The physical location of VPN servers is important if you want to access region-blocked websites. So if you’re planning on accessing a UK-based service, your VPN provider must at least have servers installed in London.

3. Capacity
Read through a VPN provider’s terms of service to determine how much data you’re allowed to use. If possible, find out how many servers a VPN provider has. If they have plenty of servers online, you can rest assured that they have the capacity to support your internet browsing.

4. Device compatibility
Another important factor to consider is whether the VPN can be used across multiple devices. Nowadays, employees work on laptops, tablets, and smartphones, so you’ll want a VPN that’s compatible with all these.

5. IP leaking
Beyond the fundamental nuts and bolts of the VPN protocol, there are other challenges like dealing with leaky tunnels, which means your IP address could be tracked. A great way to evaluate a VPN service is to sign up for their free trial service and visit https://ipleak.net. This will allow you to check whether your real IP address is actually being leaked. If it tracks your physical location, you should opt for a more reliable VPN service.

VPNs are now a vital component of cybersecurity, and if you need help selecting the right one for your business, consult with our security experts today. Lanlogic also offers comprehensive cybersecurity services so no hacker or third party can get their hands on your data.

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Beware of apps bundled with Windows 10

By EDITOR 

While you might think that getting free software with your new Windows 10-powered device sounds like a good idea, it’s not. Beyond taking up storage space and diverting processing power, pre-installed software such as trial versions of video games, antivirus programs, and web browser toolbars — collectively called “bloatware” — can make your device vulnerable to cyberattacks. Read on to learn how to be bloatware-free.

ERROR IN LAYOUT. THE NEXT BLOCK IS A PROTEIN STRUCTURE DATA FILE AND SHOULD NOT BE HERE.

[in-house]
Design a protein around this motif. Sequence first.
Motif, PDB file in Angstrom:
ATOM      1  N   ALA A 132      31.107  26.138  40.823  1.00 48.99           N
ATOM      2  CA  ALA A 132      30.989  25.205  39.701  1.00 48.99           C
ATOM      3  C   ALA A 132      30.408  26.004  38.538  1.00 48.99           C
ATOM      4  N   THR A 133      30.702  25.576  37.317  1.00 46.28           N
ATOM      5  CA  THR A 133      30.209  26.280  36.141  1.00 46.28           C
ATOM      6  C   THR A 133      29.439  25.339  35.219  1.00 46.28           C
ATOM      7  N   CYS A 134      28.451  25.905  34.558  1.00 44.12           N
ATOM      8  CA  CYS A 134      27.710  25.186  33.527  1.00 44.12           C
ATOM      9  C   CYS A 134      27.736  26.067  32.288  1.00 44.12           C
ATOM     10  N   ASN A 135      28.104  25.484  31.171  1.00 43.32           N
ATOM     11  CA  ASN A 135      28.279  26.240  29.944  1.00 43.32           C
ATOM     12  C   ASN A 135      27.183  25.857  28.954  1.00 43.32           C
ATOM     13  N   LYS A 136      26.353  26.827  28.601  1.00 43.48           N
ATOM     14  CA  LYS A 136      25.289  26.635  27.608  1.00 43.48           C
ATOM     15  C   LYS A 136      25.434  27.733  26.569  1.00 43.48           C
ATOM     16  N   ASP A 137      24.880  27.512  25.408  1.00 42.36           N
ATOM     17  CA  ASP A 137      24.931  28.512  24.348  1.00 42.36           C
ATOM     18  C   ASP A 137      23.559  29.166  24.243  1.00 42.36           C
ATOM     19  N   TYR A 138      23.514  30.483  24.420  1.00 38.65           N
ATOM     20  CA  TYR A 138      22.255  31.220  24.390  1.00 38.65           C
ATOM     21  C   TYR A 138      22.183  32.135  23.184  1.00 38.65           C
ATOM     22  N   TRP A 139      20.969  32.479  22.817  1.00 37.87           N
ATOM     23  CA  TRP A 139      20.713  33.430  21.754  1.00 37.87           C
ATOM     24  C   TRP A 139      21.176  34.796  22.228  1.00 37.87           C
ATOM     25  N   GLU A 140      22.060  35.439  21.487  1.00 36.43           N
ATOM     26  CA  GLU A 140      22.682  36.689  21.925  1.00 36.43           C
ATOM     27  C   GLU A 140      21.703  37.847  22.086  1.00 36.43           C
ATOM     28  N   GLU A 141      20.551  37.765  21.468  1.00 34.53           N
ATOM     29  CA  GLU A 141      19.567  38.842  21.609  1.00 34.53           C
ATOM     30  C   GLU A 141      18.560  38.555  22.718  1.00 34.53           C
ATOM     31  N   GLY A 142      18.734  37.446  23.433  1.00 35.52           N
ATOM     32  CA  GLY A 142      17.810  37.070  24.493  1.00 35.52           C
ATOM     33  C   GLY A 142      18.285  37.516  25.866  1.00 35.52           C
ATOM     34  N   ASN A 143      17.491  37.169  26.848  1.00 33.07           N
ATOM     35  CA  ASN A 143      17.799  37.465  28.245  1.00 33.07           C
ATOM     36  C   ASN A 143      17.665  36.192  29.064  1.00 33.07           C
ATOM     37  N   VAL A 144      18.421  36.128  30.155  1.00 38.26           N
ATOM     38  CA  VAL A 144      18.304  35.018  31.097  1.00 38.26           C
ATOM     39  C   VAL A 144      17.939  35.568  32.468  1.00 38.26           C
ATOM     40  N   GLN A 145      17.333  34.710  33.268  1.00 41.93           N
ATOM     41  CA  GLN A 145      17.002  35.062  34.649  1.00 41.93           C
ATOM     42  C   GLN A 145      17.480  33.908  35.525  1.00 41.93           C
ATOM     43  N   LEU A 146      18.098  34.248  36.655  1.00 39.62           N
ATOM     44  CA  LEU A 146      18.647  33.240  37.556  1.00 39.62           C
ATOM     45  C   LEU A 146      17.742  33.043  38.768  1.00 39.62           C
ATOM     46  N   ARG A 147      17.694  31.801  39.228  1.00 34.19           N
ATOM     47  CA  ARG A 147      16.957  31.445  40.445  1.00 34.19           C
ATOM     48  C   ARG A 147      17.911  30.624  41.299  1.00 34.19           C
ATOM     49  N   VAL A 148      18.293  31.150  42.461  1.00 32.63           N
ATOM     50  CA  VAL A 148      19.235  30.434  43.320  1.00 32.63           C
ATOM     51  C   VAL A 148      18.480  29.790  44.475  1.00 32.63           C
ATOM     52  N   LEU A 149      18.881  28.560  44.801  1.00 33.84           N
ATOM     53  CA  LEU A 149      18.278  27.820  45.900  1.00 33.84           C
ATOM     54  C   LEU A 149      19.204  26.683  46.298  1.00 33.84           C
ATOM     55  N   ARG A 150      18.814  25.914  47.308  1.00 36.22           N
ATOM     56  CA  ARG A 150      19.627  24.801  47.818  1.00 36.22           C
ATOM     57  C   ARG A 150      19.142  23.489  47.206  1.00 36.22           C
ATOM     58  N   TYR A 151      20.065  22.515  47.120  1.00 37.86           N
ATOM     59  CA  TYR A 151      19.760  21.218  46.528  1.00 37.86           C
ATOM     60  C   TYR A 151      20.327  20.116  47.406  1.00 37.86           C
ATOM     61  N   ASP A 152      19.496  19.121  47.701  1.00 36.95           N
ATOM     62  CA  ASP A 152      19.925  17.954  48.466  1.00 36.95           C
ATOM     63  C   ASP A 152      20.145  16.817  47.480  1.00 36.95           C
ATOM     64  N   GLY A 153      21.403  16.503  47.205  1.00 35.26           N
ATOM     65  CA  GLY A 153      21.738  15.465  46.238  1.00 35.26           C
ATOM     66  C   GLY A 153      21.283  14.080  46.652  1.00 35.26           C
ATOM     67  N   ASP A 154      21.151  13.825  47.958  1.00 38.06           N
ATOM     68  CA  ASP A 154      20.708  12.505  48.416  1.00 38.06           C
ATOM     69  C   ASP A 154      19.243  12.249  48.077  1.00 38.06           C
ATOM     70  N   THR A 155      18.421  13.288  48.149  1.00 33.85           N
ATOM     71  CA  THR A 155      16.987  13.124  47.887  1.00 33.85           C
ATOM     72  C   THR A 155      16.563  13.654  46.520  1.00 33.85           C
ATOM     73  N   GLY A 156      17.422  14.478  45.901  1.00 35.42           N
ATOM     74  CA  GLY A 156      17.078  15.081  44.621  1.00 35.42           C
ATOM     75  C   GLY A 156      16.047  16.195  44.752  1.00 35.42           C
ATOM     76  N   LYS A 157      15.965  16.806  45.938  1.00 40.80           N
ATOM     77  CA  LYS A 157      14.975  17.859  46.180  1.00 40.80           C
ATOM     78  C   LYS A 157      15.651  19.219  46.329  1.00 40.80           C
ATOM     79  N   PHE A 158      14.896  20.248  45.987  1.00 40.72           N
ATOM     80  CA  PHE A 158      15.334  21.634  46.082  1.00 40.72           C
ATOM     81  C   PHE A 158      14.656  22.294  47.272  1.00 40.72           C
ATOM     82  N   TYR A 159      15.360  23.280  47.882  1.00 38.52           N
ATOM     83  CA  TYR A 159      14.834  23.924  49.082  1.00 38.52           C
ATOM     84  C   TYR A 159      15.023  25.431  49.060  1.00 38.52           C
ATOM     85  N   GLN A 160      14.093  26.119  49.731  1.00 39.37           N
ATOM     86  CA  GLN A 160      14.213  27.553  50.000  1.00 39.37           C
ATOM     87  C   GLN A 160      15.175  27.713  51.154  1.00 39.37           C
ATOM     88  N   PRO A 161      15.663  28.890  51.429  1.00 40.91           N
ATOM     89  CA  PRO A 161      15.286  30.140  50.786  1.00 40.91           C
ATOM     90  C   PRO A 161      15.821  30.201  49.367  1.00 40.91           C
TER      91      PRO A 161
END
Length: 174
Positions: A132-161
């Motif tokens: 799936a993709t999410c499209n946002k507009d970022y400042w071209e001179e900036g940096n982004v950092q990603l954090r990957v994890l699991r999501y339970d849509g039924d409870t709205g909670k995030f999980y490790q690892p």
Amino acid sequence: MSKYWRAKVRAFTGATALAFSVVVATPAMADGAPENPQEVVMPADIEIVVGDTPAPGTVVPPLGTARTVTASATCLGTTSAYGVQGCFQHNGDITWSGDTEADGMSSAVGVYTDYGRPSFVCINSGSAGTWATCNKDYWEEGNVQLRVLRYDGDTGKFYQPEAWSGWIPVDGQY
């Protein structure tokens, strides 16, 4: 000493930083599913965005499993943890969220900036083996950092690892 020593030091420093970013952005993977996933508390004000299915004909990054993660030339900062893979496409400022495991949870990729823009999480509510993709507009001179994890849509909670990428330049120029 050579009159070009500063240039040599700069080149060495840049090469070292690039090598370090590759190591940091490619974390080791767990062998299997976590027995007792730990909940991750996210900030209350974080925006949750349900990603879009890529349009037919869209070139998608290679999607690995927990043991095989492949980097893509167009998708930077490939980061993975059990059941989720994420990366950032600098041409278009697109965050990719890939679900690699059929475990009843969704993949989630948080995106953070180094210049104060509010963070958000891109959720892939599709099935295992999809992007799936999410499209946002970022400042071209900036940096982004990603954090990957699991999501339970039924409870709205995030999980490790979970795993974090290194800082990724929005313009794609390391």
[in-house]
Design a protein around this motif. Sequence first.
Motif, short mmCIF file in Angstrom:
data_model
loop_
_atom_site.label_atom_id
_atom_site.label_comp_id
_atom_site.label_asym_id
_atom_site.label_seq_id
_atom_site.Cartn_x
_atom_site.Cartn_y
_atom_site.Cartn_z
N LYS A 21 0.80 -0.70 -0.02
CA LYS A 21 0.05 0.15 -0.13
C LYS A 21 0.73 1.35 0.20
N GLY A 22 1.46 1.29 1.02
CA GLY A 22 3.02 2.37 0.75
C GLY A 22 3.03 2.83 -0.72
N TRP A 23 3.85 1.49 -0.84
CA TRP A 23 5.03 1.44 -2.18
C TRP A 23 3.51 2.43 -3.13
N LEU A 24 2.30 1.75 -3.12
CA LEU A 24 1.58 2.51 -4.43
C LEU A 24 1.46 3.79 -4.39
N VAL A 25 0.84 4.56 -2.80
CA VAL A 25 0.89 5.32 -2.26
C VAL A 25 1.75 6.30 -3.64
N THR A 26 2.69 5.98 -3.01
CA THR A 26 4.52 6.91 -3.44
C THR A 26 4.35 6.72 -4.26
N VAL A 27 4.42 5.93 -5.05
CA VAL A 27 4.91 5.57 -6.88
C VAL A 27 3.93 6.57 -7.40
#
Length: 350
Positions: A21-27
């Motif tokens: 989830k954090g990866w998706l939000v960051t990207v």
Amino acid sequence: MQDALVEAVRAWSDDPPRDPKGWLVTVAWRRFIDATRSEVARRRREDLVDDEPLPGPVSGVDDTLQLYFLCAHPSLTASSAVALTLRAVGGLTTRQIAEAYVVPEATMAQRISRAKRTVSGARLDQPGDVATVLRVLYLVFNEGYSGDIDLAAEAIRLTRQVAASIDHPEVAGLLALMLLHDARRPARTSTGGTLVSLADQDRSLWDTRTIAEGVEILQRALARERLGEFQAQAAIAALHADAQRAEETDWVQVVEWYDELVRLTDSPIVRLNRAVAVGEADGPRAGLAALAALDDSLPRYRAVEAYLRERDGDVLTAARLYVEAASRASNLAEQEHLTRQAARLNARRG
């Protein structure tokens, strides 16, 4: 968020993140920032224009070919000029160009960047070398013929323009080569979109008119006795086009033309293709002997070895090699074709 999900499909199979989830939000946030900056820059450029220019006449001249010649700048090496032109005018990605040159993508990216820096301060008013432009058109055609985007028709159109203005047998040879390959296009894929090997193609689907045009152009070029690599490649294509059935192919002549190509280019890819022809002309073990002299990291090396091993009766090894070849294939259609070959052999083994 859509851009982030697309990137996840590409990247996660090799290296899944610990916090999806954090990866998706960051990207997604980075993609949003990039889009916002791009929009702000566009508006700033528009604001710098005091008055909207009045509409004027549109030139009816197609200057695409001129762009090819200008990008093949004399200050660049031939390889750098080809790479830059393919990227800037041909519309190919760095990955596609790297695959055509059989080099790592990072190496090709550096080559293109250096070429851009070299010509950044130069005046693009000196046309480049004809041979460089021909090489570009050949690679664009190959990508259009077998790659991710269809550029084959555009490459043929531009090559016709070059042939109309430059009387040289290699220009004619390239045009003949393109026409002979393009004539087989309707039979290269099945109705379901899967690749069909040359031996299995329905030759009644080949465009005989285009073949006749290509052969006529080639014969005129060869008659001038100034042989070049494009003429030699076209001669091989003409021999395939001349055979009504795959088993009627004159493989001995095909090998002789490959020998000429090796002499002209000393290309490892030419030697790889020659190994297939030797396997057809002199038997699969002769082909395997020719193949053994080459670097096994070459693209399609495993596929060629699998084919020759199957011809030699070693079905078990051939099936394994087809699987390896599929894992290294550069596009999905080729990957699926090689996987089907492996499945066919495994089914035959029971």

In the middle of 2014, Lenovo users noticed something awry with their web browsers: banner ads were breaking webpage layouts and pop-ups made surfing unpleasant. A deep dive into the problem led to the discovery of a pre-installed software called Superfish — adware that jumps in the middle of your internet connection to stuff web pages with ads. Not only was this bloatware irritating, but it also made connections unsecure, leaving users vulnerable to hackers.

Software behemoth Microsoft has developed and deployed its fair share bloatware as well. The Windows 10 operating system, in particular, has plenty of them, such as:

  • 3D Viewer (previously called Mixed Reality Viewer)
  • Calculator
  • Calendar
  • Candy Crush Soda Saga
  • Disney Magic Kingdoms
  • Groove Music
  • Mail
  • Movies & TV
  • Paint 3D
  • Snip & Sketch
  • Sticky Notes
  • Voice Recorder

These programs are called bloatware because users don’t necessarily want them, yet they’re already installed on computers and take up storage space. Some of these even run in the background and slow down computers without users knowing it.